As we previously posted, the Centers for Disease Control and Prevention (CDC) CDC recently issued guidance on reopening the workplace. In its latest update on June 11, the Equal Employment Opportunity Commission (EEOC) updated its COVID-19 Frequently Asked Questions (the Guidance) to provide further guidance on returning employees to the workplace. Notably, the Guidance covers (1) the return of high-risk workers to the workplace, (2) how to properly handle COVID-19-related accommodations requests, and (3) how to appropriately respond to pandemic-related harassment. As we discussed in our last post, employers should be wary of toeing the line on the issues highlighted below, as they may become prevalent in the wave of litigation expected to arise in the wake of the pandemic.
Employers may not involuntarily exclude older or pregnant workers from the workplace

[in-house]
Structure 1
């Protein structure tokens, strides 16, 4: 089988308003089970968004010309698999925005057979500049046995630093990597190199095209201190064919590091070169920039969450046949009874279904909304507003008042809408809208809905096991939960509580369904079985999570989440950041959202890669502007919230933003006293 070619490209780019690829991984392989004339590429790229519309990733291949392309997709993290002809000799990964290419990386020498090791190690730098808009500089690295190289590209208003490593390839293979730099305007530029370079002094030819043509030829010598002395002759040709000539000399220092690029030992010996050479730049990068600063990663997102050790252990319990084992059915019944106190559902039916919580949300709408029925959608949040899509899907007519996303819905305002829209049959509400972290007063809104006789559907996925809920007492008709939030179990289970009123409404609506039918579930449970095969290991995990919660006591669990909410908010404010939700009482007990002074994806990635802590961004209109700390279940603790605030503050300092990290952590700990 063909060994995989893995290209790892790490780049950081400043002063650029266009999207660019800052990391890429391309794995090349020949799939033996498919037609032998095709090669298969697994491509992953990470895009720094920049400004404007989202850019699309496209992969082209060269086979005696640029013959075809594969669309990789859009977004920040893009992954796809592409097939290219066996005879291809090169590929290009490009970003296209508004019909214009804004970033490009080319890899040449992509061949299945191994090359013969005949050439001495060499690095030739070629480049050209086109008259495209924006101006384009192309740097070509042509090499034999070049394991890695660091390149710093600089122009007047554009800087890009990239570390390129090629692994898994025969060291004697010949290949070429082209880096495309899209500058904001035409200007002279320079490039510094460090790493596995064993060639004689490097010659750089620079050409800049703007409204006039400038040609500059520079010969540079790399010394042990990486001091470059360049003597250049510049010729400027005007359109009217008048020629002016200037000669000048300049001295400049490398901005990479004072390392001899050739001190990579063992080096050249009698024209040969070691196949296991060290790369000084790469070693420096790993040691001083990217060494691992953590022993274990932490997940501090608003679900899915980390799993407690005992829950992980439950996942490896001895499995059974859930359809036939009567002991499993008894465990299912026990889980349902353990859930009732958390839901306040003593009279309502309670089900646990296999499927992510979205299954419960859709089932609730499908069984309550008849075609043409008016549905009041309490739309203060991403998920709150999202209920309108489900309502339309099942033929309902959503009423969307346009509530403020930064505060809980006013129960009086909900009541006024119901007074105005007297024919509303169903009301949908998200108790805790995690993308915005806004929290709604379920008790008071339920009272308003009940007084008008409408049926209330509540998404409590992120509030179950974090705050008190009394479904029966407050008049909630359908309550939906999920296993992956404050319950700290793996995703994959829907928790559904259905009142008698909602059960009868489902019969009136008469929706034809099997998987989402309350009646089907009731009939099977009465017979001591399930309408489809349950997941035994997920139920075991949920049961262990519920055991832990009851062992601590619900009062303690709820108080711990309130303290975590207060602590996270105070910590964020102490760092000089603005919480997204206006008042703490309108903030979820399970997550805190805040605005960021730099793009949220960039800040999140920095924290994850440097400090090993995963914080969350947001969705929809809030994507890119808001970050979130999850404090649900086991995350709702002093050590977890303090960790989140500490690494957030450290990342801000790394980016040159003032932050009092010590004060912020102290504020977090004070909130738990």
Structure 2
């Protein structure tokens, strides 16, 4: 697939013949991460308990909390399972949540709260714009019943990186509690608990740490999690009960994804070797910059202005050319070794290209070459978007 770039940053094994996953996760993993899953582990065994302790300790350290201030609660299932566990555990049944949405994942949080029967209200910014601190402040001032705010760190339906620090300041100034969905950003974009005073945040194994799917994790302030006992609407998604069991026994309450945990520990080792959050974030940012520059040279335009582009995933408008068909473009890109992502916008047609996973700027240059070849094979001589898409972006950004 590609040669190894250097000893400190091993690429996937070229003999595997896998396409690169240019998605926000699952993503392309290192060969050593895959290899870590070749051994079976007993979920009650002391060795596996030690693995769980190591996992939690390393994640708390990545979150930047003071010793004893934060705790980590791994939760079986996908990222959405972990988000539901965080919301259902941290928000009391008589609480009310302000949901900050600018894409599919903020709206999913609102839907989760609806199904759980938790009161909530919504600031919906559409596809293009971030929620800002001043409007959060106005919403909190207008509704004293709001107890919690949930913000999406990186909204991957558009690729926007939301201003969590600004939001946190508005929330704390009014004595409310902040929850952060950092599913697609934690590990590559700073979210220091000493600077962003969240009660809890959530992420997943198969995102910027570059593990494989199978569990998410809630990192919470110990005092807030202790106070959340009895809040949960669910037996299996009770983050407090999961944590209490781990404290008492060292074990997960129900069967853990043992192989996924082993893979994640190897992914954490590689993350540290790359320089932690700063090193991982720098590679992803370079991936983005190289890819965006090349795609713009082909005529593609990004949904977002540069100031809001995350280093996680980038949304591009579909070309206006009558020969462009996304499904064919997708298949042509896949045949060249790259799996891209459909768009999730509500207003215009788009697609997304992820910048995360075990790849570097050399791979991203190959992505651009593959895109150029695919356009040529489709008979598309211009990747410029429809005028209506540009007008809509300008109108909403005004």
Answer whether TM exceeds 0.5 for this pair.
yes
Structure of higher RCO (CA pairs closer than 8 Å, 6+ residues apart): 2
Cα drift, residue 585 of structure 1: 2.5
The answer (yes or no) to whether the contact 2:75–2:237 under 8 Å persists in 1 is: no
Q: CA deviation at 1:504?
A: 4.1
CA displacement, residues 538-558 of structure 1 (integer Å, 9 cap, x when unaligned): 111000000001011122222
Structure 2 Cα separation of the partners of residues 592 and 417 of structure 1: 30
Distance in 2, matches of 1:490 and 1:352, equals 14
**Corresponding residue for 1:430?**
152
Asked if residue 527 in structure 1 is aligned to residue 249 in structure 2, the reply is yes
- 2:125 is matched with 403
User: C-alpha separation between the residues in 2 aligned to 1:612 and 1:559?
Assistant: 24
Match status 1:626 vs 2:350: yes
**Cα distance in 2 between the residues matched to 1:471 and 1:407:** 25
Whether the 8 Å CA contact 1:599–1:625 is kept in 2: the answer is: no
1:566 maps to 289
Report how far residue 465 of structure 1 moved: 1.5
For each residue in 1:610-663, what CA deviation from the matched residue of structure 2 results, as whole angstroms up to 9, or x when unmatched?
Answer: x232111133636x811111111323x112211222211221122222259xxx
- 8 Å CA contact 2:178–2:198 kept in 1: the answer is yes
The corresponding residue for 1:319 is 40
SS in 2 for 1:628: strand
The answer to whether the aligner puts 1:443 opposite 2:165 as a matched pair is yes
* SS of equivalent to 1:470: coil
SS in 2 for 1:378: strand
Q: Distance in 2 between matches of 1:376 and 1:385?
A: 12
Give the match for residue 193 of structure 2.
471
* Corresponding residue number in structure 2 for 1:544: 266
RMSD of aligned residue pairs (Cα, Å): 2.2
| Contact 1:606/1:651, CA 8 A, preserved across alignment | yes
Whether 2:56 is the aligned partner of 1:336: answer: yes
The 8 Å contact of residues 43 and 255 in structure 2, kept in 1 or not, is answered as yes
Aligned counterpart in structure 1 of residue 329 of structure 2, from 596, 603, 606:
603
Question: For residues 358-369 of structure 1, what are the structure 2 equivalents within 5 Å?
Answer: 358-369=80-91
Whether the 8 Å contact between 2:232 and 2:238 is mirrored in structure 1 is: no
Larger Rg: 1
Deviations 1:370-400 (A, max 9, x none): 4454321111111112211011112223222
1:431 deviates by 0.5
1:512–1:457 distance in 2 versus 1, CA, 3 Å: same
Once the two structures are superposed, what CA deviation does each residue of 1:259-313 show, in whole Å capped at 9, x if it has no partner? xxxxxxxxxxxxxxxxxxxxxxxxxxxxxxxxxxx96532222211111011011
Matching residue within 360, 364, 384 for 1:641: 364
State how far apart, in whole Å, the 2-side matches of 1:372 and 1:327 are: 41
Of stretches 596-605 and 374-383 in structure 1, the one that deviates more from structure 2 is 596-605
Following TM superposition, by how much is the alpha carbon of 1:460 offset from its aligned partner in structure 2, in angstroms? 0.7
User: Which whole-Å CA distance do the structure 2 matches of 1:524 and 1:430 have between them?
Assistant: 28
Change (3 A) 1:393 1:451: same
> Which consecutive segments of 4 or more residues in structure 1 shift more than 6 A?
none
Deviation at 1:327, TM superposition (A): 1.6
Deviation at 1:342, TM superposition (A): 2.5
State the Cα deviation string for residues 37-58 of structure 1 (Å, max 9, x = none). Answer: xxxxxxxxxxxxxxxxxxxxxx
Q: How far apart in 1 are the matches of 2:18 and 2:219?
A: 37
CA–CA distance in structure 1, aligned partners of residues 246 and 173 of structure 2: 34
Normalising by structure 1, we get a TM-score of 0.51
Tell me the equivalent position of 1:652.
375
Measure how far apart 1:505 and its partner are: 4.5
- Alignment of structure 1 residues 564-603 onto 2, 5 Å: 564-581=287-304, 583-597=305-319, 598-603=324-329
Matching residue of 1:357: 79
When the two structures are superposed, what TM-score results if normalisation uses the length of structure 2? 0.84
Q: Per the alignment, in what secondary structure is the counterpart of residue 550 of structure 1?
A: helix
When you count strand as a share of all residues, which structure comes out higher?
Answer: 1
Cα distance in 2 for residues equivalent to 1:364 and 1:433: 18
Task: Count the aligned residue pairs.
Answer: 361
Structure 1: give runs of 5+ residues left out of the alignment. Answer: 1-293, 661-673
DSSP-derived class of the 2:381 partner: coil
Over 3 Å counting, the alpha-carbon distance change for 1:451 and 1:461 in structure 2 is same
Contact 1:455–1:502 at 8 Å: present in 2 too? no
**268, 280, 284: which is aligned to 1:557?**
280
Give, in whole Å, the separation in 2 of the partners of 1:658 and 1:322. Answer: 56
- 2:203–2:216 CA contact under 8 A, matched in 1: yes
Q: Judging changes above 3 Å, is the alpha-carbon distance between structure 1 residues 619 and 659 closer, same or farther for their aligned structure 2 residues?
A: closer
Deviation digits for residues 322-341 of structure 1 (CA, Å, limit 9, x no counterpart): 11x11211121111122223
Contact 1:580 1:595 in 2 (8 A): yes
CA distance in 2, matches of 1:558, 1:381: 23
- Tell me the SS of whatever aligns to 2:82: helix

In its updated Guidance, the EEOC cautions that the Age Discrimination in Employment Act (ADEA) – which prohibits discrimination in the workplace against individuals aged 40 and older – does not permit an employer to involuntarily exclude an employee from the workplace based solely on their age, “even if the employer acted for benevolent reasons such as protecting the employee due to a higher risk of severe illness from COVID-19.” The Guidance specifically pertains to employees aged 65 years and older, who are considered by the CDC to be at a higher risk of serious illness due to COVID-19. Moreover, the EEOC has stated that employers may still provide flexible working arrangements for workers aged 65 and older, and that doing so will not be viewed as treating younger workers (ages 40 to 64) less favorably.
Additionally, under Title VII of the Civil Rights Act (Title VII), employers are prohibited from involuntarily excluding from the workplace, furloughing, or placing on leave, pregnant employees, even if the intent behind the decision is to protect the employee’s health and safety.
Continue Reading EEOC provides updated guidance related to excluding high-risk workers, required accommodations, and pandemic-based harassment